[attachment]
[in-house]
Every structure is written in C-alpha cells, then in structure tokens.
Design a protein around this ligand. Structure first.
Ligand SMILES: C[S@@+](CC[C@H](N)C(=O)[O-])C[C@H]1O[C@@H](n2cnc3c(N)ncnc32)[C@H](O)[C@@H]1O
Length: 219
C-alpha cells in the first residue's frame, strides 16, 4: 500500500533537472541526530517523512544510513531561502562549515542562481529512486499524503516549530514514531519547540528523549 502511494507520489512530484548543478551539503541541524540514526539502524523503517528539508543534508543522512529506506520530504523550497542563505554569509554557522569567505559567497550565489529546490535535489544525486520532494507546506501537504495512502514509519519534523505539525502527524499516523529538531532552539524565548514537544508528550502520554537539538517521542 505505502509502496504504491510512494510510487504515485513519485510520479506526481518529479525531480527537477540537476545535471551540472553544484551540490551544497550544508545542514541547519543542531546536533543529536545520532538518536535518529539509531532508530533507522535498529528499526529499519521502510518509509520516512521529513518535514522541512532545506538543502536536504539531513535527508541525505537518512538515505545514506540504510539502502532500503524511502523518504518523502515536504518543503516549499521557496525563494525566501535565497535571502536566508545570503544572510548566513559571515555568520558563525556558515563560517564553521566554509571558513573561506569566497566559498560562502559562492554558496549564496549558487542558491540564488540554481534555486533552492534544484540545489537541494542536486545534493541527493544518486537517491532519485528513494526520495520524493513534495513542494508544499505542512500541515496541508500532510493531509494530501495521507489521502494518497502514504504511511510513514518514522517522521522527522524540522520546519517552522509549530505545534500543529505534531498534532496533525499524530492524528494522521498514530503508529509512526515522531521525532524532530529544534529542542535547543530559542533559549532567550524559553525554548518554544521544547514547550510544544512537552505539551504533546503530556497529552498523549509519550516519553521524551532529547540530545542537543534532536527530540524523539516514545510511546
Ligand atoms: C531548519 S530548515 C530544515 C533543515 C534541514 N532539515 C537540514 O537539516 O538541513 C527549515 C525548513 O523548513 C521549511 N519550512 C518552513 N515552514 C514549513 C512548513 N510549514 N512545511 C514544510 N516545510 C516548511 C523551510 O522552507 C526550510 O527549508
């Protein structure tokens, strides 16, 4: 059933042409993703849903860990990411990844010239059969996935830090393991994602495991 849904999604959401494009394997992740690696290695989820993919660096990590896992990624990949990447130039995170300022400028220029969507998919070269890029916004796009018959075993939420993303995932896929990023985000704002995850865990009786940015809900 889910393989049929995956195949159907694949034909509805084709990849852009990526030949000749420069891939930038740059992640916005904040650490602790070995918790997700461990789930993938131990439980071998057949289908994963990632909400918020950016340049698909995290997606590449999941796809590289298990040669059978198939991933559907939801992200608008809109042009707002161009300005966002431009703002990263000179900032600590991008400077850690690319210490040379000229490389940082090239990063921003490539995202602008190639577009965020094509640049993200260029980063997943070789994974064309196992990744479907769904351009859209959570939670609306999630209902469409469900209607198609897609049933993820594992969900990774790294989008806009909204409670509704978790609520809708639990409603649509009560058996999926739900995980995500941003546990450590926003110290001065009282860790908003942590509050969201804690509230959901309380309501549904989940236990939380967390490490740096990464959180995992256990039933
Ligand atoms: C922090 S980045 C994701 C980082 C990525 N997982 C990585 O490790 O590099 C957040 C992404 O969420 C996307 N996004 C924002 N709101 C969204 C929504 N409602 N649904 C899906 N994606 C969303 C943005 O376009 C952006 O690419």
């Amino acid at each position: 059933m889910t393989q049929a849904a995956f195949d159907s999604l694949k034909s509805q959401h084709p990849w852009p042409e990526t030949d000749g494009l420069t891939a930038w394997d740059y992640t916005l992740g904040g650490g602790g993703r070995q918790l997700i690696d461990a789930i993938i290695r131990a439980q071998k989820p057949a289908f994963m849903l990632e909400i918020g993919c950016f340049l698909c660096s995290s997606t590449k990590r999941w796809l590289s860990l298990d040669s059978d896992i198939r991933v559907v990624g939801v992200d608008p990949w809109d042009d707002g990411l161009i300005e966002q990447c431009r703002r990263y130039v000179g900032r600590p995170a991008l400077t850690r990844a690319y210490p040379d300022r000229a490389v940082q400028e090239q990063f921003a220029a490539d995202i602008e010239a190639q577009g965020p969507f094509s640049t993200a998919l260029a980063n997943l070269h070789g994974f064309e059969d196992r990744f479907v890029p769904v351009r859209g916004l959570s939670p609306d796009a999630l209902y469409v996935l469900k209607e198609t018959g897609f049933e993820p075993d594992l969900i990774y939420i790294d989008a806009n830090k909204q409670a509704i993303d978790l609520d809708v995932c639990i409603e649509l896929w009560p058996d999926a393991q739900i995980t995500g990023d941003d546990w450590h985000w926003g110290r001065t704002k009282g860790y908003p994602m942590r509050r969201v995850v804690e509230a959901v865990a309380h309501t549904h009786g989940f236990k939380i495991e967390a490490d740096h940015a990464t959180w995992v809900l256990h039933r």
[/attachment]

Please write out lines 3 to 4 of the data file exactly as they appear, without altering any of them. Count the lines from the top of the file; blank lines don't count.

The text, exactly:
Design a protein around this ligand. Structure first.
Ligand SMILES: C[S@@+](CC[C@H](N)C(=O)[O-])C[C@H]1O[C@@H](n2cnc3c(N)ncnc32)[C@H](O)[C@@H]1O